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Title: The changing sediment loads of the Hindu Kush-Himalayan rivers: An overview
Authors: Lu, X.X. 
Zhang, S.R.
Xu, J.C.
Merz, J.
Keywords: Climate change
Hindu-Kush Himalayas (HKH)
Human impact
Large Asian rivers
Sediment load
Tibet plateau
Water discharge
Issue Date: 2011
Source: Lu, X.X.,Zhang, S.R.,Xu, J.C.,Merz, J. (2011). The changing sediment loads of the Hindu Kush-Himalayan rivers: An overview. IAHS-AISH Publication 349 : 21-36. ScholarBank@NUS Repository.
Abstract: The rivers originating from the Hindu Kush-Himalayas (HKH) are an important water resource for billions of people in Asia. These rivers used to contribute a large proportion of the global land-ocean suspended sediment flux and the Huanghe and the Ganges/Brahmaputra were characterized by the highest sediment loads of all world rivers. This paper identifies the key sediment source areas and identifies the main causes behind the recent dramatic changes in sediment load. The large river basins of this region can be broadly divided into several critical zones based on their elevations. The high plateau, with an elevation of >3500 m, has or will be affected by melting glaciers and snow as a result of global warming, and this in turn could generate increased sediment loads. The high mountainous areas with elevations ranging from 1000 to 3500 m on the northern side of the HKH and >1000 m on the southern side are the main sediment source areas, due to frequent slope failures and severe surface erosion. The main sediment source areas for some of the large rivers also include areas of lower elevation (around 500 m above sea level) with intensive human activity. Such areas include, for example, the Loess Plateau for the Huanghe, the hilly areas of the Sichuan Basin for the Changjiang, and the dry area in Bagan for the Irrawaddy. Most of these large river systems have been subject to a dramatic decline in sediment loads in recent years, due to both climate change and human impacts. The total sediment load transported from the HKH and neighbouring regions to the oceans has decreased by about half, from about 4.3 Gt year -1 prior to the 1980s, to ∼2.1 Gt year -1 currently. The ranking of the large Asian rivers in terms of the annual sediment fluxes to the oceans has changed from the Brahmaputra, Huanghe, Ganges, Changjiang, and Irrawaddy in the pre-1980s to the Brahmaputra, Irrawaddy, Ganges, Changjiang, and Mekong in the post-1990s. The major Chinese rivers have become less important than those in the South, especially the Southeast Asian rivers, in terms of land-ocean sediment flux. It is anticipated that the sediment loads of the HKH rivers will continue to change due to intensive economic activity and the rapid pace of climate change in the region and throughout all the main river basins. It is possible that it will take a long time for the rivers to achieve equilibrium or quasi equilibrium. These dramatic changes can also give rise to important problems, including river channel/bank instability, loss of habitats, coastal instability, and sea water intrusion. Copyright © 2011 IAHS Press.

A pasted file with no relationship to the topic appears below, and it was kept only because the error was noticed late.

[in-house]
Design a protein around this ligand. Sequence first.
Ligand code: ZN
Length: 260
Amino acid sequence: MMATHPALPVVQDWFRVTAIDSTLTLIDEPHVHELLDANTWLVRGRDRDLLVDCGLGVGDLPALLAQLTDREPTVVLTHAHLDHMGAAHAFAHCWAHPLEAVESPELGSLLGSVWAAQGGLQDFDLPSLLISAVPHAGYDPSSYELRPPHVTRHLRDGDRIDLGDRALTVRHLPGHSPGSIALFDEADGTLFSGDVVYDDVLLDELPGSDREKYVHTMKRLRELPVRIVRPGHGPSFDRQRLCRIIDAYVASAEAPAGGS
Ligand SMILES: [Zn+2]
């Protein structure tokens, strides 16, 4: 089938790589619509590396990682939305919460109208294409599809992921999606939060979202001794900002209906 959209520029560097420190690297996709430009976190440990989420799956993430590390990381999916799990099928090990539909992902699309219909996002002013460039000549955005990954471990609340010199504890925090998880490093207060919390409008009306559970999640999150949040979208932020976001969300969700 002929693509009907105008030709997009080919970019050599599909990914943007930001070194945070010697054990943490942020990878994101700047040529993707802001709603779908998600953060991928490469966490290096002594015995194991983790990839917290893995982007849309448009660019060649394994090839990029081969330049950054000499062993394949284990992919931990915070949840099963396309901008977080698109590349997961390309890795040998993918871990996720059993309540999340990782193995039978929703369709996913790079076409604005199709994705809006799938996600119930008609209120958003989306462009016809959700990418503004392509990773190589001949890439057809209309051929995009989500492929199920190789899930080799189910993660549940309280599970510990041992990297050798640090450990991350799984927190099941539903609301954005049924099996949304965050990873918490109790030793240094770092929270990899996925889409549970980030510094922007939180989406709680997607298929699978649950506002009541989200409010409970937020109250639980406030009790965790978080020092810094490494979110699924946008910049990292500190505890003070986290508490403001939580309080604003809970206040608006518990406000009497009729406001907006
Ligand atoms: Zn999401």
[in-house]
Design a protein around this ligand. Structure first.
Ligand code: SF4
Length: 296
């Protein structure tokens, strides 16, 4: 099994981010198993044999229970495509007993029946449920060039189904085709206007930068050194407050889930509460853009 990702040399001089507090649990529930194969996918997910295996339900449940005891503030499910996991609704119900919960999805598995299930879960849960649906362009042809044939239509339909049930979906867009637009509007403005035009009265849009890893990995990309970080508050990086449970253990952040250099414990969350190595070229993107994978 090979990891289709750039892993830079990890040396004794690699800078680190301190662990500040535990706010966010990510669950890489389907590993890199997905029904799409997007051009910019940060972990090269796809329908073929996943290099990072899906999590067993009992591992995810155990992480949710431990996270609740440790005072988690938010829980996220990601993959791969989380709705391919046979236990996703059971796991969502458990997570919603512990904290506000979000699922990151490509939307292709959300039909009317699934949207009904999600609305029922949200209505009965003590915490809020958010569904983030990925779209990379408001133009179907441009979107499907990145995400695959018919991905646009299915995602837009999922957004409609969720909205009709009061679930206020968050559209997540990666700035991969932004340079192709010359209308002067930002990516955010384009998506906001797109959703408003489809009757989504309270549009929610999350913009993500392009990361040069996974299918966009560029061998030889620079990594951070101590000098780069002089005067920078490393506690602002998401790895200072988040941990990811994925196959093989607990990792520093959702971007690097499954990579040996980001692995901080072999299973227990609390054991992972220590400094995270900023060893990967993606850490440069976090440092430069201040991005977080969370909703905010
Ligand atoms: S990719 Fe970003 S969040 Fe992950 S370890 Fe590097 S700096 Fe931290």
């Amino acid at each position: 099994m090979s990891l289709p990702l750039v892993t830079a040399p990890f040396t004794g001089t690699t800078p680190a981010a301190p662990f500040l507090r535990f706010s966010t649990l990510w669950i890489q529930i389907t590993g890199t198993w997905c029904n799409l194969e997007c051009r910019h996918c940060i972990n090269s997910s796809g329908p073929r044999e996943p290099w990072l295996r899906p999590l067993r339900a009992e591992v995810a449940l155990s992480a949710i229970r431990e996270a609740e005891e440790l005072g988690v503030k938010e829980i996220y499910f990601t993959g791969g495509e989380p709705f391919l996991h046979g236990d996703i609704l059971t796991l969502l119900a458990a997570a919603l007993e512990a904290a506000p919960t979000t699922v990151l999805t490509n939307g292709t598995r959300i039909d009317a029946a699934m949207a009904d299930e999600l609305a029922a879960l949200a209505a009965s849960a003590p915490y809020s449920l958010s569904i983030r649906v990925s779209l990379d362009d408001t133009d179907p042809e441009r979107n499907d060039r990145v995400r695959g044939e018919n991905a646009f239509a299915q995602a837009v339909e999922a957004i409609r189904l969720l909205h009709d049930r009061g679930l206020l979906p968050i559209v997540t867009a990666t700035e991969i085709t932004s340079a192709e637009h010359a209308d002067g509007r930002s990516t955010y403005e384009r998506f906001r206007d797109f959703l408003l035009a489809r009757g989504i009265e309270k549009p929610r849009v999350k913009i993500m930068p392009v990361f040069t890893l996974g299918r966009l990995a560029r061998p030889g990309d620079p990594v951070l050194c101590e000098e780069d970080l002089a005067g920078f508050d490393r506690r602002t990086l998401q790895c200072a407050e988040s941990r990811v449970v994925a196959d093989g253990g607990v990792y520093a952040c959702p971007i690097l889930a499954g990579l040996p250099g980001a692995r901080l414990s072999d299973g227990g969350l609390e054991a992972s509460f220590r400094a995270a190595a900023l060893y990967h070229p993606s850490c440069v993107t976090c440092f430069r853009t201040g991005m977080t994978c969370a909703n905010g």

Source Title: IAHS-AISH Publication
ISBN: 9781907161247
ISSN: 01447815
Appears in Collections:Staff Publications

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